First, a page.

French President, Valery Giscard d'Estaing told Syrian President, Hafez Al-Assad on Thursday (17 June) that France was still prepared to send a peacekeeping force into Lebanon and to help organise a peace conference.
GV PAN Elysee Palace with guard of honour
Diplomats arrive with wives (2 shots)
GV Assad's car drives in, stops, he then steps out and enters palace with wife
MV President Giscard and wife welcome visitors
MV Assad and Giscard seated at banquet table
MV PAN Guests seated at table (2 shots)
GV Giscard and Assad at Marigny meet officials (2 shots)
GV Giscard makes welcoming statement watched by newsmen (2 shots)
GV Assad makes speech in reply
Syria has agreed to stop its troops advancing on Beirut, but fighting is still continuing. The civil war in the Lebanon between the Christian right-wing and the predominantly Moslem left started 14 months ago.
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Background: French President, Valery Giscard d'Estaing told Syrian President, Hafez Al-Assad on Thursday (17 June) that France was still prepared to send a peacekeeping force into Lebanon and to help organise a peace conference.
SYNOPSIS: President Giscard d'Estaing was speaking at a banquet at the Elysee Palace in honour of the visiting Syrian leader. Earlier in the day the two leaders held several rounds of talks, with Lebanon the main issue. Thursday's banquet was attended by almost all members of the French cabinet. Tight security precautions have been taken throughout Mr. Assad's visit, with police sharpshooters on rooftops around the Elysee Palace and other armed police in bullet-proof waistcoats patrolling the streets.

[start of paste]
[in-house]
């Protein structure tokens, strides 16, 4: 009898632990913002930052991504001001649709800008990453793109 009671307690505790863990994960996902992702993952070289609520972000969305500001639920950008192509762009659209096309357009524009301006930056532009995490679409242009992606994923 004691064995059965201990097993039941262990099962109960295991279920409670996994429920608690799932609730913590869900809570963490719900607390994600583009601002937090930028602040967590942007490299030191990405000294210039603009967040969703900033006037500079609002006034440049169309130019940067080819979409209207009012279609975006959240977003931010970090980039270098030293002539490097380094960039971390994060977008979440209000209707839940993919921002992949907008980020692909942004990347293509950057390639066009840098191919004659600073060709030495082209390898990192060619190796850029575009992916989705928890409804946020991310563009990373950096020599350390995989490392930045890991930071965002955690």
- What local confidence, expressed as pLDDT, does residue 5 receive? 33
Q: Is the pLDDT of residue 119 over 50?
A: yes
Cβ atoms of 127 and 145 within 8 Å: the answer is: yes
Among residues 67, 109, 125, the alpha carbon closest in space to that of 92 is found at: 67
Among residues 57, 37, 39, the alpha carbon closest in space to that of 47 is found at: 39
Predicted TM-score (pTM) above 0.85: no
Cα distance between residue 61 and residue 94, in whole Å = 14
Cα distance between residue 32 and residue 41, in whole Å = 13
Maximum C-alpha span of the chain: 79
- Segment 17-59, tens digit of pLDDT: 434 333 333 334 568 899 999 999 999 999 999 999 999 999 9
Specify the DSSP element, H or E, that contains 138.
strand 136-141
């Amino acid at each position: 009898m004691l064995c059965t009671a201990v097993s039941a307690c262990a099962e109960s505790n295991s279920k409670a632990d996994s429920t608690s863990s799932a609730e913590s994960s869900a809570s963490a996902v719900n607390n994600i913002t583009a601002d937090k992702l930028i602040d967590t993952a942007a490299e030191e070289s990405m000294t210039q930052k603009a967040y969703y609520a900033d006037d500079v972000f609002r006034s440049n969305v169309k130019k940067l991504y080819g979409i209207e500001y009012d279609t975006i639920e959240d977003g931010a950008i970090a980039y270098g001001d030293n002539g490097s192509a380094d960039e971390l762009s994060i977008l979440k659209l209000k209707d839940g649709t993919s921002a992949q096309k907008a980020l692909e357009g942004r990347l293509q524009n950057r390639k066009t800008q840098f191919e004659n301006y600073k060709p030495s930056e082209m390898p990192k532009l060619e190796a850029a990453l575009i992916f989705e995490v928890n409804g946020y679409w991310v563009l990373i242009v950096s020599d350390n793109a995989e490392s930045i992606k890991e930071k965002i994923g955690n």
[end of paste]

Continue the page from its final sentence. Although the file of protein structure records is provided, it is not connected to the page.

President Assad, considered a key figure in the Lebanese crisis, is making his first ever visit to the industrialised west. The closeness of French and Syrian policy on Lebanon was underlined during the visit two weeks ago by the Syrian Foreign Minister, Mr. Khaddam. At that time, the French Foreign Minister, Mr. Sauvagnargues said that the French and Syrians had identical views on Lebanon.
President Giscard d'Estaing ordered a lavish reception for his guest. The trip was originally planned for last March but had to be postponed when the situation deteriorated in Lebanon. This trip was also in doubt right up until the final day before President Assad left Syria. He had also planned to fly on to Yugoslavia and Romania for one-day state visits, but late on Wednesday night these were cancelled. No reason was given. Meanwhile, throughout Paris, new anti-Syrian slogans have appeared in the city's underground, denouncing the Syrian intervention in Lebanon. At in the Hotel Marigny, President Assad and President Giscard d'Estaing met for more discussions. President Giscard told his visitor that France and Syria were both concerned over the Lebanon crisis and he expressed the hope that their talks would bring useful results in the quest for peace.
President Giscard d'Estaing said France was still prepared to send a peacekeeping force to Lebanon and to help organise a peace conference. He said France did not seek to impose itself but to help. He said the Lebanese drama does not only complicate a settlement, but it also could provoke a new and more dangerous situation.
President Assad said the sole objective of Syrian troops in Lebanon was to help end the civil war. He said he had sent troops into Lebanon in response to a request from various Lebanese political parties and associations, as well as a call from the Palestine Liberation Organisation.